“Incredible” was how Chewstick founder Gavin Smith described the imminent opening of the Chewstick Neo Griot Lounge and Café — a dream he has had since he launched the creative arts movement exactly eight years ago.
The ground level venue is due to open on the corner of Elliott and Court Street later this month and will be home to live music and spoken word performances, artist showcases, work shops, lectures, as well as functioning as an art gallery and public meeting space. The organization has come a long way since the days of merely hosting weekly open mic sessions.
This weekend the foundation gave the public a sneak preview of the property attended by the Premier Paula Cox and Governor Sir. Richard Gozney. The preview was followed by an evening of entertainment at the Spinning Wheel Entertainment Complex on Court Street — the last event Chewstick would host at the venue before moving into its new space.
Mr. Smith sat down with the Bermuda Sun to talk about the new venue and his plans for the future.
Why are you opening the new venue now?
“We've been trying aggressively for three years to do this but it has been difficult to find the right mix of space and place.
“We have always made it part of our mandate to be somewhere that allows for the most people to come.
“There are places on Front Street and Bermudiana Road where dress codes and prices are designed to keep certain people out. We want to attract the broadest demographic appeal.
“We opened our headquarters below the café last year with the intention of buying the whole building from Eugene Clark which we still intend to do eventually.
What will you be hosting at the new venue?
“We will have movie nights, individual artist and band showcases, lectures and workshops. People are itching to rent the place whether it’s for Salsa or just a meeting space. We are going to have wifi and word processing. It's a very needed asset in this area.
“This will also, I believe, be the first art gallery on Court Street. I've been trying to find out but I’m pretty sure this is the first for the strip.”
What’s the schedule?
“When we open up in late January or February, the general vibe will be three different nights including involving a weekly schedule of griot session, jam sessions and band or artist showcases over Friday, Saturday and Sundays. After three to six months we will expand into the week nights. Then we want to broaden to opening during the day and also be a coffee shop where people can come in at 6am.”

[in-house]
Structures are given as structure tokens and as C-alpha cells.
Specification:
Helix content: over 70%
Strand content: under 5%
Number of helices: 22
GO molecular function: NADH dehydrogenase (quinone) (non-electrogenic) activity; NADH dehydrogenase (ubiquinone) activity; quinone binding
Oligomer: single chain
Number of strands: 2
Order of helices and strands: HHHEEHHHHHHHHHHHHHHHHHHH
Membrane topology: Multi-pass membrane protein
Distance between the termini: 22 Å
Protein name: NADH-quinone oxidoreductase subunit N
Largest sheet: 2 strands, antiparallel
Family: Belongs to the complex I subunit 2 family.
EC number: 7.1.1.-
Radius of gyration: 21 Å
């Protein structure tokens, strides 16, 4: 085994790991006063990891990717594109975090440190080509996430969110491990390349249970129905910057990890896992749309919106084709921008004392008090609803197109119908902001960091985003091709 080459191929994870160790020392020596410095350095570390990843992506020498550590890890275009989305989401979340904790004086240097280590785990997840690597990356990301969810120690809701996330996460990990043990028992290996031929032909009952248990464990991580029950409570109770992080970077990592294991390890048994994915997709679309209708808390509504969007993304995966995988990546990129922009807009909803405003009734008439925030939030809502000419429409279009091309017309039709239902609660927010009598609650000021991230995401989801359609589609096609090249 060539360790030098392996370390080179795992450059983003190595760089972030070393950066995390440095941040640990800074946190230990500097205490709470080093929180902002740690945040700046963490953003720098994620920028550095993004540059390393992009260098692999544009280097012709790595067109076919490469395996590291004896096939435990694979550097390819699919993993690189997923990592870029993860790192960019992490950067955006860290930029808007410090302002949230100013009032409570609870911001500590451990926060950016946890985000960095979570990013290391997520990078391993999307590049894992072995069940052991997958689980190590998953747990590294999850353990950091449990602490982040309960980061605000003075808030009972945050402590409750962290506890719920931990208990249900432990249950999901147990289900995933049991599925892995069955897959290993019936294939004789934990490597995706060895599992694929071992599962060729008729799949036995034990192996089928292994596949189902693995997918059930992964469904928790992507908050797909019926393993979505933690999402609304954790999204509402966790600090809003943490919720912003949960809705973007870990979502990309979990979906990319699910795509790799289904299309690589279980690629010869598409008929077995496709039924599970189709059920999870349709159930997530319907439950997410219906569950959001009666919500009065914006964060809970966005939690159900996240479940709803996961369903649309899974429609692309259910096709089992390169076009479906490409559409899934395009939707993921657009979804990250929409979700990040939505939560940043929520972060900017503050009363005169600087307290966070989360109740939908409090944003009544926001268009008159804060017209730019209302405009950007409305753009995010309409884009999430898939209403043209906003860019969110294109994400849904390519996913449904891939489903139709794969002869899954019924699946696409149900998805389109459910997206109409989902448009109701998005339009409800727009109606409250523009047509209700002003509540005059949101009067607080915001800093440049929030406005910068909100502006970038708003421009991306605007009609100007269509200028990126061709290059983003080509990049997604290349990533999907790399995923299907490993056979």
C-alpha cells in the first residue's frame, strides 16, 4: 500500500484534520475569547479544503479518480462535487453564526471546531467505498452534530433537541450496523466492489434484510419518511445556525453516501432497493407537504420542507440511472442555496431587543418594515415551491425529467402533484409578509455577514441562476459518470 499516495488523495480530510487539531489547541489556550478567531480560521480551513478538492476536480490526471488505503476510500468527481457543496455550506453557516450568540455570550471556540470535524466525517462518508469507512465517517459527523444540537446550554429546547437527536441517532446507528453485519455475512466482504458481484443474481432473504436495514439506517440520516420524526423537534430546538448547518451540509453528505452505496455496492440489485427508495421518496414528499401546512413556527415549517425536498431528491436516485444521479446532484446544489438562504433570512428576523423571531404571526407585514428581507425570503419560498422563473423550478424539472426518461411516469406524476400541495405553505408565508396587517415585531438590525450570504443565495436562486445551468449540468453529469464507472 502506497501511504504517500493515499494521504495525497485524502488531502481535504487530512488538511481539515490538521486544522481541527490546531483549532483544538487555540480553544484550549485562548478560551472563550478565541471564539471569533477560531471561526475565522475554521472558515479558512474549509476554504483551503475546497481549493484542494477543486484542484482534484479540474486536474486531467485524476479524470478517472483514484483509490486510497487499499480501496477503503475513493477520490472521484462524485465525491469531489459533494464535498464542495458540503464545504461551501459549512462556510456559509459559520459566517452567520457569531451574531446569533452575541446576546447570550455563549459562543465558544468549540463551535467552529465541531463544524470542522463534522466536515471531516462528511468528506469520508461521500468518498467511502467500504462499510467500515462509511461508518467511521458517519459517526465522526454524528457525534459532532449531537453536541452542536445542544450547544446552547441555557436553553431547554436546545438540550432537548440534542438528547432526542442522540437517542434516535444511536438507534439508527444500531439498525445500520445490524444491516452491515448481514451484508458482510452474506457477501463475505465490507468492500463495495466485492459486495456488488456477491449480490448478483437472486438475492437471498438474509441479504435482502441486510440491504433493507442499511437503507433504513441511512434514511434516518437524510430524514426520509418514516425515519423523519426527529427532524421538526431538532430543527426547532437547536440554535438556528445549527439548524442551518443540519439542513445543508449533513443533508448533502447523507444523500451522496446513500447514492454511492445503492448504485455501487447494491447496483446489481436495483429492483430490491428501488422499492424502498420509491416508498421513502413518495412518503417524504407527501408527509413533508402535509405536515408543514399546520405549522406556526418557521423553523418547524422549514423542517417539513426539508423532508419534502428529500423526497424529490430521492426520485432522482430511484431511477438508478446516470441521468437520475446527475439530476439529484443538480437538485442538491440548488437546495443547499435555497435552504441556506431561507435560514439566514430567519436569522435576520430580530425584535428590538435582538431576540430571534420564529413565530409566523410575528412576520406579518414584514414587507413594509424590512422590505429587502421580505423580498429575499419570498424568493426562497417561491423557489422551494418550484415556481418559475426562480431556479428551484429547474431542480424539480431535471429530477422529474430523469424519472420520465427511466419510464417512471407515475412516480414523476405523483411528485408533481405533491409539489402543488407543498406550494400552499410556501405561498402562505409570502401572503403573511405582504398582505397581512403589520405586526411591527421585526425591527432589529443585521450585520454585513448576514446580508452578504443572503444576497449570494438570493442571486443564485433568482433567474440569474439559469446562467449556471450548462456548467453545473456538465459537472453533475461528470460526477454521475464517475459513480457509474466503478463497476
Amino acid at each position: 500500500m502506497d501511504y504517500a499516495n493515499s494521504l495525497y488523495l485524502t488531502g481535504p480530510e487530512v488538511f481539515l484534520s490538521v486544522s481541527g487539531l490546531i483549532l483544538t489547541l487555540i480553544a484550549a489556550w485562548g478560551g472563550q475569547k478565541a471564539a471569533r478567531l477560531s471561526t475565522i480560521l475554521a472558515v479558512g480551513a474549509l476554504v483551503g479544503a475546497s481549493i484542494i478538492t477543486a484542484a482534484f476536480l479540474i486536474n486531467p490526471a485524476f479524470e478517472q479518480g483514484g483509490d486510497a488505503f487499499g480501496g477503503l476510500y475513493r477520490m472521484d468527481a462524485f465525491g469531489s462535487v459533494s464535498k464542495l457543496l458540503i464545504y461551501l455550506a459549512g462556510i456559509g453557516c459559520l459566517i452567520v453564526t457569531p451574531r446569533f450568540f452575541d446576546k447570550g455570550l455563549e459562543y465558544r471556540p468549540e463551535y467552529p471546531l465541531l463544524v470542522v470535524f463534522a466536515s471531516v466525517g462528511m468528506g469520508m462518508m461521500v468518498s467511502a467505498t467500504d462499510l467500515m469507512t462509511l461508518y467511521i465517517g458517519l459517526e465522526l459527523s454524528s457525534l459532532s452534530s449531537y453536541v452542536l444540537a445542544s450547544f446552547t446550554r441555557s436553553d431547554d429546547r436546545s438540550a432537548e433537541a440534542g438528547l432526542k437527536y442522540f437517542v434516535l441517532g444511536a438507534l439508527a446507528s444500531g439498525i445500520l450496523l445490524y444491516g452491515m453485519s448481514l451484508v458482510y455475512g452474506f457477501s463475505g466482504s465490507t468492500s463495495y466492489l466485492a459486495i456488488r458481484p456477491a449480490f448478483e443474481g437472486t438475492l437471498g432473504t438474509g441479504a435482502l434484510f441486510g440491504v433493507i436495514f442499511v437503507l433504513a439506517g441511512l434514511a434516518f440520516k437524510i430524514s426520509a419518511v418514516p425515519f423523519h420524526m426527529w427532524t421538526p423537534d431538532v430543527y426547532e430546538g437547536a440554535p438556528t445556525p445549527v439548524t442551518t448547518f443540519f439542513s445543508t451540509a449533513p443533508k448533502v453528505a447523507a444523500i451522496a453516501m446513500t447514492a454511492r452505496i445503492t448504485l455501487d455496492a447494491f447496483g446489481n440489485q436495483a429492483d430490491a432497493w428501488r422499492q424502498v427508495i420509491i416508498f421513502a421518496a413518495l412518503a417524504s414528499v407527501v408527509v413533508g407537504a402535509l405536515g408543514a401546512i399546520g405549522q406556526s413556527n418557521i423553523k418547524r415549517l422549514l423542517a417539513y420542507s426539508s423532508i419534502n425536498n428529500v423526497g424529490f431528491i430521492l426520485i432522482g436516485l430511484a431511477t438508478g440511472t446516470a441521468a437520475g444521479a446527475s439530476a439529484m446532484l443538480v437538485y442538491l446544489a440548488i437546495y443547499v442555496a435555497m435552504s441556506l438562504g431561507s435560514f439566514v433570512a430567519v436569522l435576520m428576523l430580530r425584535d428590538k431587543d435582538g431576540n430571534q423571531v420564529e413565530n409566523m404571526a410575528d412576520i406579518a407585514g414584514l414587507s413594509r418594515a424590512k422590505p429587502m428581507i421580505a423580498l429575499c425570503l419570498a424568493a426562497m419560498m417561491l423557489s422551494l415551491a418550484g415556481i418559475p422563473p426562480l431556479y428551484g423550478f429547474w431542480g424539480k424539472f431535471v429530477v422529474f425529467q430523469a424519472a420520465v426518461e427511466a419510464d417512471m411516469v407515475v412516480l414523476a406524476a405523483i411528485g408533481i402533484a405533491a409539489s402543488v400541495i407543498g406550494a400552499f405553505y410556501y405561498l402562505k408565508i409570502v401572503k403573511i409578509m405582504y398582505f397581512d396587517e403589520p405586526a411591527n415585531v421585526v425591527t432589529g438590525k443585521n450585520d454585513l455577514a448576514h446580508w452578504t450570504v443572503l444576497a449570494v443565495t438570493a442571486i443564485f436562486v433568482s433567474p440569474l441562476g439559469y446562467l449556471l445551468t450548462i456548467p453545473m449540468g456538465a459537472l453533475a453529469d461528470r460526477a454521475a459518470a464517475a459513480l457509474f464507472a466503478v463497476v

Why did you move into this building?
“It's been divine the way this has worked out regarding this space — it was the birth place of (musician) (Michael) Curtis Clark in the 60s, the Ital Foundation in the 70s early 80s and Chewstick in the 2000s — all rich, cultural Bermuda institutions. The building is also significant because it is at the heart of the area — divided between north and south Court Street. It's unique.”
Has the recent violence in the area put you off in any way?
“These incidences make us dig in even more and say ‘there is more work to be done’. An elder, advisor of mine who we call Dread uses the metaphor 'a fireman doesn't run from a fire. So we are here to get rid of that darkness that's gotten into our community.”
Who can we expect to see on stage?
“I’m making a beeline for Ital Foundation as a house band.
“The intention is to have more of a rotation — we will have all the regulars such as (Taylor Rankin, Joy Barnum, and Canjelae Taylor) and we want to get musicians from other organizations such as the Folk Club and Tha Underground.
How will it be funded?
Our main sponsor is Atlantic Philanthropies and we are now in the process of looking for others to support us.
“The hope is to get artists compensated through door charges.
How does it feel to have realised your dream of a dedicated Chewstick venue?
“It's weird still, I get shocked at times. I believe this is where we are meant to be and I'm committed to making it happen and
making Bermuda proud.”
For more information about how to support Chewstick visit: www.chewstick.org or call 292-2439.